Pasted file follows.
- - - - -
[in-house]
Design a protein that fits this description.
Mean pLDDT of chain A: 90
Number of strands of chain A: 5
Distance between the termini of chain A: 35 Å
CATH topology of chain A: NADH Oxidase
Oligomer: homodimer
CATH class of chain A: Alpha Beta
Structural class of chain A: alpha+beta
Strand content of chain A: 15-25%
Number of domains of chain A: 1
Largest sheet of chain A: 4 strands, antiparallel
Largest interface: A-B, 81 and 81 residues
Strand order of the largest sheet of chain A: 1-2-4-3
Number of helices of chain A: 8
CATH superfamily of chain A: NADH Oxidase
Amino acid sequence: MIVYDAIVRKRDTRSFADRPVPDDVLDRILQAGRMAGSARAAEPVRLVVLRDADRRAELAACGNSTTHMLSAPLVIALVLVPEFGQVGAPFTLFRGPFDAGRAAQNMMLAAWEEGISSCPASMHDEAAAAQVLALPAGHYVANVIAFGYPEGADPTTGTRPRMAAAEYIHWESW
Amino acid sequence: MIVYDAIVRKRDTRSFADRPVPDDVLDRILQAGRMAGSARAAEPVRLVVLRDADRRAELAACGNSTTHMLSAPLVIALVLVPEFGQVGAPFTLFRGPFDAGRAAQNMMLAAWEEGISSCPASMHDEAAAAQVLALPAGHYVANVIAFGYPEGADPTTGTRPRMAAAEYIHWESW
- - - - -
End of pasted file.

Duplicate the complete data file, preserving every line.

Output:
[in-house]
Design a protein that fits this description.
Mean pLDDT of chain A: 90
Number of strands of chain A: 5
Distance between the termini of chain A: 35 Å
CATH topology of chain A: NADH Oxidase
Oligomer: homodimer
CATH class of chain A: Alpha Beta
Structural class of chain A: alpha+beta
Strand content of chain A: 15-25%
Number of domains of chain A: 1
Largest sheet of chain A: 4 strands, antiparallel
Largest interface: A-B, 81 and 81 residues
Strand order of the largest sheet of chain A: 1-2-4-3
Number of helices of chain A: 8
CATH superfamily of chain A: NADH Oxidase
Amino acid sequence: MIVYDAIVRKRDTRSFADRPVPDDVLDRILQAGRMAGSARAAEPVRLVVLRDADRRAELAACGNSTTHMLSAPLVIALVLVPEFGQVGAPFTLFRGPFDAGRAAQNMMLAAWEEGISSCPASMHDEAAAAQVLALPAGHYVANVIAFGYPEGADPTTGTRPRMAAAEYIHWESW
Amino acid sequence: MIVYDAIVRKRDTRSFADRPVPDDVLDRILQAGRMAGSARAAEPVRLVVLRDADRRAELAACGNSTTHMLSAPLVIALVLVPEFGQVGAPFTLFRGPFDAGRAAQNMMLAAWEEGISSCPASMHDEAAAAQVLALPAGHYVANVIAFGYPEGADPTTGTRPRMAAAEYIHWESW